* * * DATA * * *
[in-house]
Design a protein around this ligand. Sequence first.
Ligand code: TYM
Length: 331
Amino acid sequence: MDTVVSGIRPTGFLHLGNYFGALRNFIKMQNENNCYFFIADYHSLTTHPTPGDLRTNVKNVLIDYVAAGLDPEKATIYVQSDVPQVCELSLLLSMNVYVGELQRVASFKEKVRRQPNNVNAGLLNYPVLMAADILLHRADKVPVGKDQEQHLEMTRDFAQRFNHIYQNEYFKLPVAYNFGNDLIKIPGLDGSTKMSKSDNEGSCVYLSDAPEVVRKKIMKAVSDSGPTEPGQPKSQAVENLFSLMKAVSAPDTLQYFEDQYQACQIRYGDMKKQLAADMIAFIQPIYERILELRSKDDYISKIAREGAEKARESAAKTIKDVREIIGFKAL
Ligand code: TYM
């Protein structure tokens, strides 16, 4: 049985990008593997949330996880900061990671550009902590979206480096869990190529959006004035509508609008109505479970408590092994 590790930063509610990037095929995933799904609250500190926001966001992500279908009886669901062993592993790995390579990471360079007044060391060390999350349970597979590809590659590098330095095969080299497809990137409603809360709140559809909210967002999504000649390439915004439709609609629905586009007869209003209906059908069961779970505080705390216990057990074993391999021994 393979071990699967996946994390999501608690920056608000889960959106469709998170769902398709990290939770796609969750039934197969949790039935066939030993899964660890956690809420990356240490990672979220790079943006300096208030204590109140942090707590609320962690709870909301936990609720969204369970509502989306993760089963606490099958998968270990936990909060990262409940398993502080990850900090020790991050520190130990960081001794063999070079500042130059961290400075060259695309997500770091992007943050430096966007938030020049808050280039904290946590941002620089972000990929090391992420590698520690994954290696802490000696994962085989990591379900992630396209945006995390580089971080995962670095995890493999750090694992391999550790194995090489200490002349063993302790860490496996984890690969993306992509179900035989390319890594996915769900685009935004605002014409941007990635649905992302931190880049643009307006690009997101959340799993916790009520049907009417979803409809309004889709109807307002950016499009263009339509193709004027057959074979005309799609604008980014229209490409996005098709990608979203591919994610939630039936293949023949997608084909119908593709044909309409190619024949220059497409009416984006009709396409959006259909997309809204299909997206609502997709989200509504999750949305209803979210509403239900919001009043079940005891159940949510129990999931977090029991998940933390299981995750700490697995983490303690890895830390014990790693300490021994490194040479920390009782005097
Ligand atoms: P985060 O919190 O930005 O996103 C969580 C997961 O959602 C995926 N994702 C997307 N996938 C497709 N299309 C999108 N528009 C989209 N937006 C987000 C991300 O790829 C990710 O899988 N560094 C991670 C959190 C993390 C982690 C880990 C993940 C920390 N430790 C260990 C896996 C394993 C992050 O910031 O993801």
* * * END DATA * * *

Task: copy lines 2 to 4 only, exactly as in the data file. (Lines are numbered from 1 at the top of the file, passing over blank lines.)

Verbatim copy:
Design a protein around this ligand. Sequence first.
Ligand code: TYM
Length: 331